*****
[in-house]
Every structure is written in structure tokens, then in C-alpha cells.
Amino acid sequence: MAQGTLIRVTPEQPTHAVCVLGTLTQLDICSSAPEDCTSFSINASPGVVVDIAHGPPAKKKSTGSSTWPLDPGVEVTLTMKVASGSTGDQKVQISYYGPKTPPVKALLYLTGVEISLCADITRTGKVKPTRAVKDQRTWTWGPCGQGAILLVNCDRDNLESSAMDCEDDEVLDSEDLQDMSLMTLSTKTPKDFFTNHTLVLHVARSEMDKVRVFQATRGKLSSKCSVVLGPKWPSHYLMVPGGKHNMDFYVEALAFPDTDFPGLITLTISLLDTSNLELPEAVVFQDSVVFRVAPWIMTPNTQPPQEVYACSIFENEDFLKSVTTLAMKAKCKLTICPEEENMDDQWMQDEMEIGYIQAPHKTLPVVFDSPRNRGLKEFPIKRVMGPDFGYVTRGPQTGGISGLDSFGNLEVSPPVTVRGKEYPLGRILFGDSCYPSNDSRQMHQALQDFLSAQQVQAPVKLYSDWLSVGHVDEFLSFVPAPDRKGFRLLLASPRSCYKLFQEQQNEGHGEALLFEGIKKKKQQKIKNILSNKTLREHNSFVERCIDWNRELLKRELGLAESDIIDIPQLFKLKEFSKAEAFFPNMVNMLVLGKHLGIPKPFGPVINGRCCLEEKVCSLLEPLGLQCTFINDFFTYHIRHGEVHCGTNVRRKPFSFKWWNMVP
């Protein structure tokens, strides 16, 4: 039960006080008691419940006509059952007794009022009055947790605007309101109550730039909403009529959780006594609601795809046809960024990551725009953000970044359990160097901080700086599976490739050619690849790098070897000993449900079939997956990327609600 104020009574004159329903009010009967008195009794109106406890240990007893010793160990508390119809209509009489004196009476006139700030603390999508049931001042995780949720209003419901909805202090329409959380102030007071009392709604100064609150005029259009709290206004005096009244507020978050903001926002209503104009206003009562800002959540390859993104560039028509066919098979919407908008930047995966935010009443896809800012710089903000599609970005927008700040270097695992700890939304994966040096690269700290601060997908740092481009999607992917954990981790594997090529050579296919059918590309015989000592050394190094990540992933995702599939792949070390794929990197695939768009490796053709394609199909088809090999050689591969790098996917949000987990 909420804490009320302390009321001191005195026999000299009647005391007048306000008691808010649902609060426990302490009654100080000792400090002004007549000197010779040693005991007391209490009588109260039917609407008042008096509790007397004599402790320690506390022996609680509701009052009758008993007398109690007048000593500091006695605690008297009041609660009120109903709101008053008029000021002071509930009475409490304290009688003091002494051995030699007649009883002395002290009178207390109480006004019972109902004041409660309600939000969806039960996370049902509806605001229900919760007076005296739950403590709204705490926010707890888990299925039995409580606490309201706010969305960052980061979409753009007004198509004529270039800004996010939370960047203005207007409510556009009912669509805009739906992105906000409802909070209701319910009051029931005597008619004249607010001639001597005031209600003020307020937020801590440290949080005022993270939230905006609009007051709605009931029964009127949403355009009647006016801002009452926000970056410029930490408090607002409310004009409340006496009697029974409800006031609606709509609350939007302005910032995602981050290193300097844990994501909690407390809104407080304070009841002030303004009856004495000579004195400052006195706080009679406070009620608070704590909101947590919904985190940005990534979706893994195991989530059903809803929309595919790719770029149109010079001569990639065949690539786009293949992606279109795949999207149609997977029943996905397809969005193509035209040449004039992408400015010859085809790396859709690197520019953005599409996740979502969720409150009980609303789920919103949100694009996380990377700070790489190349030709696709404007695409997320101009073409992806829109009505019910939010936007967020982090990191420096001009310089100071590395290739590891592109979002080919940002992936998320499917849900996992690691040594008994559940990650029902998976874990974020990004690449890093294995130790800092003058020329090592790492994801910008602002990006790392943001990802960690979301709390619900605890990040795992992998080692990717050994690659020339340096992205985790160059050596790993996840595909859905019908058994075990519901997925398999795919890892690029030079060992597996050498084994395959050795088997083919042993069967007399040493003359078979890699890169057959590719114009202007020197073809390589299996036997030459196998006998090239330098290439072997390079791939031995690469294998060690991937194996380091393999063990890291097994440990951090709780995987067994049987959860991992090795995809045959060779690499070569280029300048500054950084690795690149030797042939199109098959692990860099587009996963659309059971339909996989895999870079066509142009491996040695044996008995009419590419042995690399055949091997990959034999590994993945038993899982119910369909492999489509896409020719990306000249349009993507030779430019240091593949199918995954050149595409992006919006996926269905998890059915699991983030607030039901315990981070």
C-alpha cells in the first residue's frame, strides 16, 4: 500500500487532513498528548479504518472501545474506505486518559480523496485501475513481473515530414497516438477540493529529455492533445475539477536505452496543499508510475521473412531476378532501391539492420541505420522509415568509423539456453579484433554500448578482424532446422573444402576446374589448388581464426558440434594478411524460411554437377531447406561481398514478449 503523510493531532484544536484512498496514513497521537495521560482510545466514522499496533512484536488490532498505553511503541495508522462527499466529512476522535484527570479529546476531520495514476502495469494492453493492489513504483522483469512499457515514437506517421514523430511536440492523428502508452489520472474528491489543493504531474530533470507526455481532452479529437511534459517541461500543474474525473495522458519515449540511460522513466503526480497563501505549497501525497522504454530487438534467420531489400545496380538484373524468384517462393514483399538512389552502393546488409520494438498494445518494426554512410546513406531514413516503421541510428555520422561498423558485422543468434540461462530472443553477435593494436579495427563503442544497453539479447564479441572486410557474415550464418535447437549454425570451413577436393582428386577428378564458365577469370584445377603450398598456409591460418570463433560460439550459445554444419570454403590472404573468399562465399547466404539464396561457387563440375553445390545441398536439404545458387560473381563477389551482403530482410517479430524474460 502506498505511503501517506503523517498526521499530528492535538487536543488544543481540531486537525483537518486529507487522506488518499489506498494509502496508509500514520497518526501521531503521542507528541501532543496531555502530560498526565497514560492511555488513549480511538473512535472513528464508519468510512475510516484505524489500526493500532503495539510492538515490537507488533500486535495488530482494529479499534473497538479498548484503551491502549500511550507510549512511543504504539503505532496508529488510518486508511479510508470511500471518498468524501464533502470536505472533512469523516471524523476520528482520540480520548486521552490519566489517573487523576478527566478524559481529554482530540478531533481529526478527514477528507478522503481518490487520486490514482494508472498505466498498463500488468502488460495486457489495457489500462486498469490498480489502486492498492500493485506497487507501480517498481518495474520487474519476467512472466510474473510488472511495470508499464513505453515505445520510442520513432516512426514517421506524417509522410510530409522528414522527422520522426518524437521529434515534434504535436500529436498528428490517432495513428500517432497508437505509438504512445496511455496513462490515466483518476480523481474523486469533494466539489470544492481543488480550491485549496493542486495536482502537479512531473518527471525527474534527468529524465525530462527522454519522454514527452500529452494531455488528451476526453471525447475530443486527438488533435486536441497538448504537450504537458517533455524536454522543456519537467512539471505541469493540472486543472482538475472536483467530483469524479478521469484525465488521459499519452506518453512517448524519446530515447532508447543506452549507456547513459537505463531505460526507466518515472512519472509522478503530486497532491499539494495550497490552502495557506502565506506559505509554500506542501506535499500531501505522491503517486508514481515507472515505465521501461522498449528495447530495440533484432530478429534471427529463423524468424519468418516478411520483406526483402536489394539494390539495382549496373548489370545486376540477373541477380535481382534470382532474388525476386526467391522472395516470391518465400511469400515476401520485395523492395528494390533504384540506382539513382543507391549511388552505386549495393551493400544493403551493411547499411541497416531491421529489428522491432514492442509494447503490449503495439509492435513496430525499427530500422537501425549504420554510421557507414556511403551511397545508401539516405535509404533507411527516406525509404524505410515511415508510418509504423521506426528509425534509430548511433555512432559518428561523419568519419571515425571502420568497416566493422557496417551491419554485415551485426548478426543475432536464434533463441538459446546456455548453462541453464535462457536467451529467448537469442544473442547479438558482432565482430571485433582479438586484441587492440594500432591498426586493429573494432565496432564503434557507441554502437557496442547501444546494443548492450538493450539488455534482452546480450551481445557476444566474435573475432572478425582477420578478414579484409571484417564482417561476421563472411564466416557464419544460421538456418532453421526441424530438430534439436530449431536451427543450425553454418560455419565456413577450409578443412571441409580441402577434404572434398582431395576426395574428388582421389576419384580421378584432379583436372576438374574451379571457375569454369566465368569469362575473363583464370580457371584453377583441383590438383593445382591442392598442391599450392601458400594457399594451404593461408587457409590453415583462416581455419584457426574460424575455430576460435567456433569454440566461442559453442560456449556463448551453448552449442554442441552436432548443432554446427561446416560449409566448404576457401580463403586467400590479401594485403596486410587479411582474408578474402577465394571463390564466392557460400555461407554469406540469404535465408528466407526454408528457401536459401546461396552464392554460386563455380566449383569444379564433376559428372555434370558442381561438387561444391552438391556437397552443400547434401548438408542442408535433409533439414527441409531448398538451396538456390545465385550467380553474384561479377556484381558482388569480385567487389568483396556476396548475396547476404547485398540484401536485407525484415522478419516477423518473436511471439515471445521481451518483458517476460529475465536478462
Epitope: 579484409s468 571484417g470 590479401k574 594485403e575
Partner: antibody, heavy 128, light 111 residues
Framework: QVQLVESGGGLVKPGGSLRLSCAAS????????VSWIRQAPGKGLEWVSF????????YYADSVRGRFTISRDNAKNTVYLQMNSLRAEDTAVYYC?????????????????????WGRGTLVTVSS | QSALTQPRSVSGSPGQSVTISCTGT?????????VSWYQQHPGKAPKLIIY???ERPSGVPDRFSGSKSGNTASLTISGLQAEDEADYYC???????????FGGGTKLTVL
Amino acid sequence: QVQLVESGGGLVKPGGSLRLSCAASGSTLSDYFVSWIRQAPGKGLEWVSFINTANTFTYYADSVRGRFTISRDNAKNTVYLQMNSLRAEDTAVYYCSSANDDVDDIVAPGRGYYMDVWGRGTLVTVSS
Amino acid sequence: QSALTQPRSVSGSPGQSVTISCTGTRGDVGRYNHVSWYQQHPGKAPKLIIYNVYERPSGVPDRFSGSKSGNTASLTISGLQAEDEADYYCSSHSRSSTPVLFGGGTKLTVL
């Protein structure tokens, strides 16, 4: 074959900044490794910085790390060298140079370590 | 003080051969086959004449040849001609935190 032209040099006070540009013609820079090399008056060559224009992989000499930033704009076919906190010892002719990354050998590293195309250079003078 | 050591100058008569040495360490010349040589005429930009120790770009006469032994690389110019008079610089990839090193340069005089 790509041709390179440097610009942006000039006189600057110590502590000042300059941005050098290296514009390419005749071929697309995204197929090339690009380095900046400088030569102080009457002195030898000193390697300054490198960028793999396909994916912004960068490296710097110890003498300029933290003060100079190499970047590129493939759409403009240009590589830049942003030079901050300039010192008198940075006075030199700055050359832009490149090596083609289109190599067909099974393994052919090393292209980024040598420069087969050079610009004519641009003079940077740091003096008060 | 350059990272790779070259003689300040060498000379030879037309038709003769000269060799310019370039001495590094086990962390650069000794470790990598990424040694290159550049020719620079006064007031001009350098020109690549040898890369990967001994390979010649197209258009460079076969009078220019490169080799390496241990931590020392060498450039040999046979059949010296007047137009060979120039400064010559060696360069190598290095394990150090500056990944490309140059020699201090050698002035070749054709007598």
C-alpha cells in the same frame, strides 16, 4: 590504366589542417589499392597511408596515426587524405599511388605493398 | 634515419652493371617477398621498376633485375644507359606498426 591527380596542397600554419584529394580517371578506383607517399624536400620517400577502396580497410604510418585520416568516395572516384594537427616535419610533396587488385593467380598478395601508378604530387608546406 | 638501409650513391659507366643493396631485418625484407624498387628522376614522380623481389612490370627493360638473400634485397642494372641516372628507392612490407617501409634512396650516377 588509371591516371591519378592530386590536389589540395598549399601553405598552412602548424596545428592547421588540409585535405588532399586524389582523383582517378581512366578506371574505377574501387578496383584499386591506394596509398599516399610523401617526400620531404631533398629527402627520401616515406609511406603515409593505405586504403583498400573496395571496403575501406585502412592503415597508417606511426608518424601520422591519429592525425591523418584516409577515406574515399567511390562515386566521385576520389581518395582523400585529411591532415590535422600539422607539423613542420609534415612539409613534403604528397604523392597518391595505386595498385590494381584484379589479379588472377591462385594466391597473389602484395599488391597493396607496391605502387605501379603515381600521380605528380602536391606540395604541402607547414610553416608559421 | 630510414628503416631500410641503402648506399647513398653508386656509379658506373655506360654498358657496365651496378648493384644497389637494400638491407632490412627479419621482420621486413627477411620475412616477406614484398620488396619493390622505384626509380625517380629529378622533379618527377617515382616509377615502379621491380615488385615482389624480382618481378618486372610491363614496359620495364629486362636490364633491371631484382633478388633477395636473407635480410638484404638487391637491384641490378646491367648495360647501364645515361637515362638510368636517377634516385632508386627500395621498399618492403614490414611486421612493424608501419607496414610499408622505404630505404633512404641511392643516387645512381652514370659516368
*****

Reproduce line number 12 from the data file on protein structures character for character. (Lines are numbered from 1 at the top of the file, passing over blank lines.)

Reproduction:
C-alpha cells in the same frame, strides 16, 4: 590504366589542417589499392597511408596515426587524405599511388605493398 | 634515419652493371617477398621498376633485375644507359606498426 591527380596542397600554419584529394580517371578506383607517399624536400620517400577502396580497410604510418585520416568516395572516384594537427616535419610533396587488385593467380598478395601508378604530387608546406 | 638501409650513391659507366643493396631485418625484407624498387628522376614522380623481389612490370627493360638473400634485397642494372641516372628507392612490407617501409634512396650516377 588509371591516371591519378592530386590536389589540395598549399601553405598552412602548424596545428592547421588540409585535405588532399586524389582523383582517378581512366578506371574505377574501387578496383584499386591506394596509398599516399610523401617526400620531404631533398629527402627520401616515406609511406603515409593505405586504403583498400573496395571496403575501406585502412592503415597508417606511426608518424601520422591519429592525425591523418584516409577515406574515399567511390562515386566521385576520389581518395582523400585529411591532415590535422600539422607539423613542420609534415612539409613534403604528397604523392597518391595505386595498385590494381584484379589479379588472377591462385594466391597473389602484395599488391597493396607496391605502387605501379603515381600521380605528380602536391606540395604541402607547414610553416608559421 | 630510414628503416631500410641503402648506399647513398653508386656509379658506373655506360654498358657496365651496378648493384644497389637494400638491407632490412627479419621482420621486413627477411620475412616477406614484398620488396619493390622505384626509380625517380629529378622533379618527377617515382616509377615502379621491380615488385615482389624480382618481378618486372610491363614496359620495364629486362636490364633491371631484382633478388633477395636473407635480410638484404638487391637491384641490378646491367648495360647501364645515361637515362638510368636517377634516385632508386627500395621498399618492403614490414611486421612493424608501419607496414610499408622505404630505404633512404641511392643516387645512381652514370659516368